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 Money and MindsPsychology | Money and Minds - Part 2
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Empowerment leads to better mental performance

A study in the May issue of Psychological Science looked at people’s cognitive performance when they were feeling high or low in personal power. Smith, Jostmann, Galinsky, and van Dijk randomly assigned participants to a low-power or high-power group and then tested their executive functions, processes in the brain that guide behavior according to one’s goals and organize and sort information.

They found that people in the low-power group were less able to focus on their goals and to plan out strategies to meet them. High-power participants were more efficient and made fewer mistakes, even though motivation and effort were the same between the two groups.

Smith et al. suggested that their findings have direct impact in the workplace–that empowered employees will also perform better–and demonstrates how hierarchies persist: the people in power do their tasks well, while the people without power do poorly and can’t become empowered. This could also have social and economic implications. We’ll pass over the social aspect, but consider the impact this might have on your financial decisions. If you don’t know much about finances–and nobody starts out knowing a lot–you won’t feel empowered. And if you don’t feel empowered, you’ll make mistakes, mistakes that could cost you money and peace of mind.

Some people say, “I don’t get investing,” and let it go at that, but doing so could cause more problems than you might think. When people feel likely to fail at something, they tend to stop trying and find an external source to blame, something like “finances are too hard” or “it wasn’t my fault, I never learned about this.” This is called self-handicapping: behavior that deliberately (if subconsciously) sets up oneself for failure in order to proactively find something else to blame for the failure.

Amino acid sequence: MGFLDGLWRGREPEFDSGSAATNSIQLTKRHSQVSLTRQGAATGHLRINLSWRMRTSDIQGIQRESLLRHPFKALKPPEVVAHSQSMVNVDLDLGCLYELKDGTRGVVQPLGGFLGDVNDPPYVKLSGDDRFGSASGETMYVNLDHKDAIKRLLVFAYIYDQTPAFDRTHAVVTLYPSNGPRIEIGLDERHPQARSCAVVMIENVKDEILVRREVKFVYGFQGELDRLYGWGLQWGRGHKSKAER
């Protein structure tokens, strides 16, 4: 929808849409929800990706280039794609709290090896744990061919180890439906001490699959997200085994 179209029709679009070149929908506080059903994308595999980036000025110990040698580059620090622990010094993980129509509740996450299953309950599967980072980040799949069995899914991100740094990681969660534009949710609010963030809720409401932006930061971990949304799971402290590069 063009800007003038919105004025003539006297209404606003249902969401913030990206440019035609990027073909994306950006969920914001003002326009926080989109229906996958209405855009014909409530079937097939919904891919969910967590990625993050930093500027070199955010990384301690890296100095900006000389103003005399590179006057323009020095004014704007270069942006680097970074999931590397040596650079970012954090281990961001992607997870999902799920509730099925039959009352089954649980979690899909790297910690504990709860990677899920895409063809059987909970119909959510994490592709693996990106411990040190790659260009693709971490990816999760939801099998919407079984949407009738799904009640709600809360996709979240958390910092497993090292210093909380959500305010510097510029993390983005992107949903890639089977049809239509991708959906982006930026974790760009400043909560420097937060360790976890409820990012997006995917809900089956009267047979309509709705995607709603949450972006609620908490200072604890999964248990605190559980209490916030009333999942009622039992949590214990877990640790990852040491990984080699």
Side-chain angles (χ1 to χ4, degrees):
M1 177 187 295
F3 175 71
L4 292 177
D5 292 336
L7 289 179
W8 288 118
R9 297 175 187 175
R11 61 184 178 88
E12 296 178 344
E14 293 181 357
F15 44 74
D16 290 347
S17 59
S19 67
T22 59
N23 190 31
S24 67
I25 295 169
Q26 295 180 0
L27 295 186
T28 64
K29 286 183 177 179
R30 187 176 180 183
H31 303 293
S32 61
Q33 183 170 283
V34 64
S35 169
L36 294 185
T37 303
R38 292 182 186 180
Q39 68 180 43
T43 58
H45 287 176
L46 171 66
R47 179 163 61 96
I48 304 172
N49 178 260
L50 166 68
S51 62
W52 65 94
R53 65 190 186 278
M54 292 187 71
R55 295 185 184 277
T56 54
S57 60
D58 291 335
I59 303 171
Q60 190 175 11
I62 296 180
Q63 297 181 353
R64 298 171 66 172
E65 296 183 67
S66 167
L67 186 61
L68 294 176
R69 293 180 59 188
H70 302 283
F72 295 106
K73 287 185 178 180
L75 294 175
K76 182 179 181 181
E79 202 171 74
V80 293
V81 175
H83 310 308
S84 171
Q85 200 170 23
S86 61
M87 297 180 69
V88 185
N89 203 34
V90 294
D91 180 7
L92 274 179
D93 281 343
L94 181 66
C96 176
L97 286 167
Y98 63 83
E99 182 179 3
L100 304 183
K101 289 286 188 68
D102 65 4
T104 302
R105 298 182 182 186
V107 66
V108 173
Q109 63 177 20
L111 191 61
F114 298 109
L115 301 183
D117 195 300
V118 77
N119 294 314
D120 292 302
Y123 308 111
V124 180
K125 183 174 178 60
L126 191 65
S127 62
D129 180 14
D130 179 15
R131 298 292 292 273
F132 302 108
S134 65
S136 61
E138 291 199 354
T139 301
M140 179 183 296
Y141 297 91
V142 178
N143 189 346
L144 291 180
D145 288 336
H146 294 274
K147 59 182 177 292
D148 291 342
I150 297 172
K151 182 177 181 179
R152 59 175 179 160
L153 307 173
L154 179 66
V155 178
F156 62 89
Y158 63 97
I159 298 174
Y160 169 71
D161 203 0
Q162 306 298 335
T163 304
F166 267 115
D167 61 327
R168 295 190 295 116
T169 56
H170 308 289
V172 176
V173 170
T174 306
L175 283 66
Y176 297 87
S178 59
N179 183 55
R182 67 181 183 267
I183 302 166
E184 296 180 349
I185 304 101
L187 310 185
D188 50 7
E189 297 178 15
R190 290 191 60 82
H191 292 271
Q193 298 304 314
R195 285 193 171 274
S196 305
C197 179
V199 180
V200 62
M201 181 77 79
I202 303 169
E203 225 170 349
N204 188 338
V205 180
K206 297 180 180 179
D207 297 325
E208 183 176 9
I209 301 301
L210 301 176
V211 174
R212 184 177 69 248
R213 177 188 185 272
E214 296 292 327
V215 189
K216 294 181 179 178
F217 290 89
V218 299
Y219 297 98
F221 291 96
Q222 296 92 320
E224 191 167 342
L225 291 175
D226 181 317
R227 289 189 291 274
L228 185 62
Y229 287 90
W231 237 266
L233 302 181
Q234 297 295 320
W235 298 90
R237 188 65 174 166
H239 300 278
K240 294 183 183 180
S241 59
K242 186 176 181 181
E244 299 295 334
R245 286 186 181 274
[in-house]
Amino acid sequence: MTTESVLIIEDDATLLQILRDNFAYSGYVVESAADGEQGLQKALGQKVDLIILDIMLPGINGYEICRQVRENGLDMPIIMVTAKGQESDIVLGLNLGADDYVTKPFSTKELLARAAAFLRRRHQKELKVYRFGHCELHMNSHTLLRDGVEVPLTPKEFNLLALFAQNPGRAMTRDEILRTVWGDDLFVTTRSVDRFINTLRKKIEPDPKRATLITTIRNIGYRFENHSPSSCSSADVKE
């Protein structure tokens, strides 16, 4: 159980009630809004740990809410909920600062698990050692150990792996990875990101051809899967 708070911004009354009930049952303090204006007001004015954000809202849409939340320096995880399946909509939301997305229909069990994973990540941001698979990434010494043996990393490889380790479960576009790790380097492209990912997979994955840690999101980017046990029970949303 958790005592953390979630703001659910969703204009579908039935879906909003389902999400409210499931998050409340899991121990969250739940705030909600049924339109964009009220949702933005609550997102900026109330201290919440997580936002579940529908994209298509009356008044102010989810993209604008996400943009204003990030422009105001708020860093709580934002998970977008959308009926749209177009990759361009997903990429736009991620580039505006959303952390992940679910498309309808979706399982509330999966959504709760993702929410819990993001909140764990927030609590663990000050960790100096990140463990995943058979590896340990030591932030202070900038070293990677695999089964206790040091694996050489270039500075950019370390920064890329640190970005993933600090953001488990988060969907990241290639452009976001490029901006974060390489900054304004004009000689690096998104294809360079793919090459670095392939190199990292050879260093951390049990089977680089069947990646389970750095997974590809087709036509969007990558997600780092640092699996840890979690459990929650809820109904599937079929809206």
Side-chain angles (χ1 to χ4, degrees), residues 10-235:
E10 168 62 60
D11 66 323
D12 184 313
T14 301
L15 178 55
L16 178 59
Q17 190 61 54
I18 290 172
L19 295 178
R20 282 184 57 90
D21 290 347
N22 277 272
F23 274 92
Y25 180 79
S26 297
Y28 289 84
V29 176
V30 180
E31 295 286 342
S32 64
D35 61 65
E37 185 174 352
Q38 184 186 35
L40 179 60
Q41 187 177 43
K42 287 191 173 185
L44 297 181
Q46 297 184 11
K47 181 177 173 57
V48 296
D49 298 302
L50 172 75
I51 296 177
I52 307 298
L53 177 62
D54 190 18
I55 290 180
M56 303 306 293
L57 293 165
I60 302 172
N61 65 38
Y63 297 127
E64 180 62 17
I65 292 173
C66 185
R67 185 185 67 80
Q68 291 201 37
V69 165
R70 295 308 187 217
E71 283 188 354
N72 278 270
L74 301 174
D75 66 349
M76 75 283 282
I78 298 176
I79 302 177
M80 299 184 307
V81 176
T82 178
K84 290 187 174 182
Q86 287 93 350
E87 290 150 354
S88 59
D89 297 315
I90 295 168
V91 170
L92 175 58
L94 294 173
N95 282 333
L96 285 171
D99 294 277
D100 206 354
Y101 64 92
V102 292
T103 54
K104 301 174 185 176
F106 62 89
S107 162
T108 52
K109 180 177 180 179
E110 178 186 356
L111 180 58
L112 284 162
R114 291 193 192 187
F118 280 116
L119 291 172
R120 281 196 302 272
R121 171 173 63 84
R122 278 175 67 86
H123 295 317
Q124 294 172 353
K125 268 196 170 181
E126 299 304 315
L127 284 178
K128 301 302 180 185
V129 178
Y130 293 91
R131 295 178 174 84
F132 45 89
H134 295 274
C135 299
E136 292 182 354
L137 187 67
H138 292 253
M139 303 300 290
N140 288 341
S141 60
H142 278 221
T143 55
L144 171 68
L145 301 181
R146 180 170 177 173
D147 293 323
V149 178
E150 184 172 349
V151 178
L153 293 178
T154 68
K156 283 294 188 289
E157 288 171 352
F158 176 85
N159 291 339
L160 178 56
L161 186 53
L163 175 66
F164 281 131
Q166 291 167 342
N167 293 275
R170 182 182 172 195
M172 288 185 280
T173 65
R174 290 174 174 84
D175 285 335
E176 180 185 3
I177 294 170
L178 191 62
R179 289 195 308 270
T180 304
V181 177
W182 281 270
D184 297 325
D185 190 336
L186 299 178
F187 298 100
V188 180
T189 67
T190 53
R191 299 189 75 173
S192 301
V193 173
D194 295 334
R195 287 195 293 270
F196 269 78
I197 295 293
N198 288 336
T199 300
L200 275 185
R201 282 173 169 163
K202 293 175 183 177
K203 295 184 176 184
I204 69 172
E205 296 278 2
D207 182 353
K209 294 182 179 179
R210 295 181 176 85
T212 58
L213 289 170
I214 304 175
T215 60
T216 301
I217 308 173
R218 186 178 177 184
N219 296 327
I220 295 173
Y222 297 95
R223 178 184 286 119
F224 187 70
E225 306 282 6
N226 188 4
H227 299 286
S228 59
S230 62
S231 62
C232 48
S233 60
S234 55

The lesson here? Avoid unconsciously handicapping your financial future. Empower yourself when it comes to finance. Simple steps will give you a feeling of knowledge and control.

  • Ask experts. Your banker and your stockbroker and even your employer’s HR department (in the case of 401ks) are there to help you learn more about your money and the things you can do about it. Banks will sometimes offer seminars on the basics of investing and retirement funds.
  • Read. The bookstores and libraries are awash in personal finance books. The Internet is full of advice–good and bad–and sites to give you information and personal experiences.
  • Talk to the people you know. Maybe your parents have a nice mutual fund. Maybe your brother knows what buying margin means. Maybe your best friend’s sister tried credit card arbitrage and can explain where she went wrong.

The most important thing to remember is that feeling overwhelmed will cause you to make mistakes…and it’s easy to correct. Learn all you can. Knowledge is power…and power is, apparently, a big part of proficiency.

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